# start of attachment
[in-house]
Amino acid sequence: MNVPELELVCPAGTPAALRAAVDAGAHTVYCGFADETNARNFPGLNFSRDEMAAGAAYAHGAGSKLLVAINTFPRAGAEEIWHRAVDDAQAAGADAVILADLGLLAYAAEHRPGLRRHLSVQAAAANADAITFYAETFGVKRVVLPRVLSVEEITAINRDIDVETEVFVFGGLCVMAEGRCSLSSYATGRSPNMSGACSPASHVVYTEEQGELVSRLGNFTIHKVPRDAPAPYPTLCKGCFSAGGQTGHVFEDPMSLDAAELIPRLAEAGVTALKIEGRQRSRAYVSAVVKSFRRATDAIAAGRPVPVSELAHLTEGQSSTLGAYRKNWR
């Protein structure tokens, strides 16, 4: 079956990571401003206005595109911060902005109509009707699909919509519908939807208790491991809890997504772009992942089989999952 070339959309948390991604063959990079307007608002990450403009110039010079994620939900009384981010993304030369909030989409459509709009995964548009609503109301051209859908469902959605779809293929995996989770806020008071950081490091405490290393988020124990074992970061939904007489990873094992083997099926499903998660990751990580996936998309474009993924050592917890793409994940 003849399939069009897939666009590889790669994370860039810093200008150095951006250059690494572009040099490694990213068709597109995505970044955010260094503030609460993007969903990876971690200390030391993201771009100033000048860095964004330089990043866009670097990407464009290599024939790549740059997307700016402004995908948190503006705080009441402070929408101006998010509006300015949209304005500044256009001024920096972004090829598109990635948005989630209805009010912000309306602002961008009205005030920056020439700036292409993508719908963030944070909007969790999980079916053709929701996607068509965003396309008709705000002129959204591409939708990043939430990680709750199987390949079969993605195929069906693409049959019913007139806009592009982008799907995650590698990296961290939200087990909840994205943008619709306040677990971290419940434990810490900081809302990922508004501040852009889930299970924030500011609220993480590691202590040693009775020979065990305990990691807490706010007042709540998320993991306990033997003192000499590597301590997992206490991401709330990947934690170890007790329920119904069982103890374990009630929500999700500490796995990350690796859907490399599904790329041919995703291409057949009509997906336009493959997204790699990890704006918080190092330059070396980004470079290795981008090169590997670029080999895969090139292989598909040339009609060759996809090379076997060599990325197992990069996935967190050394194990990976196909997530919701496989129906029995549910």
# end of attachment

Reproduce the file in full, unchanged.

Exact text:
[in-house]
Amino acid sequence: MNVPELELVCPAGTPAALRAAVDAGAHTVYCGFADETNARNFPGLNFSRDEMAAGAAYAHGAGSKLLVAINTFPRAGAEEIWHRAVDDAQAAGADAVILADLGLLAYAAEHRPGLRRHLSVQAAAANADAITFYAETFGVKRVVLPRVLSVEEITAINRDIDVETEVFVFGGLCVMAEGRCSLSSYATGRSPNMSGACSPASHVVYTEEQGELVSRLGNFTIHKVPRDAPAPYPTLCKGCFSAGGQTGHVFEDPMSLDAAELIPRLAEAGVTALKIEGRQRSRAYVSAVVKSFRRATDAIAAGRPVPVSELAHLTEGQSSTLGAYRKNWR
């Protein structure tokens, strides 16, 4: 079956990571401003206005595109911060902005109509009707699909919509519908939807208790491991809890997504772009992942089989999952 070339959309948390991604063959990079307007608002990450403009110039010079994620939900009384981010993304030369909030989409459509709009995964548009609503109301051209859908469902959605779809293929995996989770806020008071950081490091405490290393988020124990074992970061939904007489990873094992083997099926499903998660990751990580996936998309474009993924050592917890793409994940 003849399939069009897939666009590889790669994370860039810093200008150095951006250059690494572009040099490694990213068709597109995505970044955010260094503030609460993007969903990876971690200390030391993201771009100033000048860095964004330089990043866009670097990407464009290599024939790549740059997307700016402004995908948190503006705080009441402070929408101006998010509006300015949209304005500044256009001024920096972004090829598109990635948005989630209805009010912000309306602002961008009205005030920056020439700036292409993508719908963030944070909007969790999980079916053709929701996607068509965003396309008709705000002129959204591409939708990043939430990680709750199987390949079969993605195929069906693409049959019913007139806009592009982008799907995650590698990296961290939200087990909840994205943008619709306040677990971290419940434990810490900081809302990922508004501040852009889930299970924030500011609220993480590691202590040693009775020979065990305990990691807490706010007042709540998320993991306990033997003192000499590597301590997992206490991401709330990947934690170890007790329920119904069982103890374990009630929500999700500490796995990350690796859907490399599904790329041919995703291409057949009509997906336009493959997204790699990890704006918080190092330059070396980004470079290795981008090169590997670029080999895969090139292989598909040339009609060759996809090379076997060599990325197992990069996935967190050394194990990976196909997530919701496989129906029995549910």